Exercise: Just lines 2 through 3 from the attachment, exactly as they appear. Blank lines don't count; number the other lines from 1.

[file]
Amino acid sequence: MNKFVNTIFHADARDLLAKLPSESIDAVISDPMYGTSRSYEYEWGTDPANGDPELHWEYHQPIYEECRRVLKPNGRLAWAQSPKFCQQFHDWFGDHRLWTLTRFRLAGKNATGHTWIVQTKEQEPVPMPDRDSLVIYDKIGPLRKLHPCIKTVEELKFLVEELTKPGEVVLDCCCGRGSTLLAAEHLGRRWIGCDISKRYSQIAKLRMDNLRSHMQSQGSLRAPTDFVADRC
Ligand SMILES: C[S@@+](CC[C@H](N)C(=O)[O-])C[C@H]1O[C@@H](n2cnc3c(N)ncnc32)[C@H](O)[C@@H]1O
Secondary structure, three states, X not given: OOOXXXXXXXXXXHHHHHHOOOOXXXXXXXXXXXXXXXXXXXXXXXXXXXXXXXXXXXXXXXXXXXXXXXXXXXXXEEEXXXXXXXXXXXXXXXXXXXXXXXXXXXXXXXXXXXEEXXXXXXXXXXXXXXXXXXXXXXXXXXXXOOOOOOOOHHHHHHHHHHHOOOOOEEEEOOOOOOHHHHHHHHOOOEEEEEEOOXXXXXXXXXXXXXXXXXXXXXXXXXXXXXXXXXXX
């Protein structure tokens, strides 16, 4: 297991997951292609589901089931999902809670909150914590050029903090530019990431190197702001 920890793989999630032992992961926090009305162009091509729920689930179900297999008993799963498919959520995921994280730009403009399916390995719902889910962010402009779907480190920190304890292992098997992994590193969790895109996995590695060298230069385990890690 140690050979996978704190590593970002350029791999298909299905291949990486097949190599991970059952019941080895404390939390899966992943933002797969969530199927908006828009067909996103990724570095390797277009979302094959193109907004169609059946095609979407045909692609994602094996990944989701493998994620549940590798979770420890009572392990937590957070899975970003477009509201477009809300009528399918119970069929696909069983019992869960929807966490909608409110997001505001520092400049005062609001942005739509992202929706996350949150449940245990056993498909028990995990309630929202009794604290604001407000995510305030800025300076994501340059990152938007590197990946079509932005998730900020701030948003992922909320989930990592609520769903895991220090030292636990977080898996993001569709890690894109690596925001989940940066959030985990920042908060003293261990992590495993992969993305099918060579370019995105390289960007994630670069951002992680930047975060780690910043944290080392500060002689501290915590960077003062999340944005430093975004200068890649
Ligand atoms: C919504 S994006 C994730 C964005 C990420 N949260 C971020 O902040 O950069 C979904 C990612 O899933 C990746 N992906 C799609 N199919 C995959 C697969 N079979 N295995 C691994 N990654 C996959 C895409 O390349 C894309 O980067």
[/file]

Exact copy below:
Ligand SMILES: C[S@@+](CC[C@H](N)C(=O)[O-])C[C@H]1O[C@@H](n2cnc3c(N)ncnc32)[C@H](O)[C@@H]1O
Secondary structure, three states, X not given: OOOXXXXXXXXXXHHHHHHOOOOXXXXXXXXXXXXXXXXXXXXXXXXXXXXXXXXXXXXXXXXXXXXXXXXXXXXXEEEXXXXXXXXXXXXXXXXXXXXXXXXXXXXXXXXXXXEEXXXXXXXXXXXXXXXXXXXXXXXXXXXXOOOOOOOOHHHHHHHHHHHOOOOOEEEEOOOOOOHHHHHHHHOOOEEEEEEOOXXXXXXXXXXXXXXXXXXXXXXXXXXXXXXXXXXX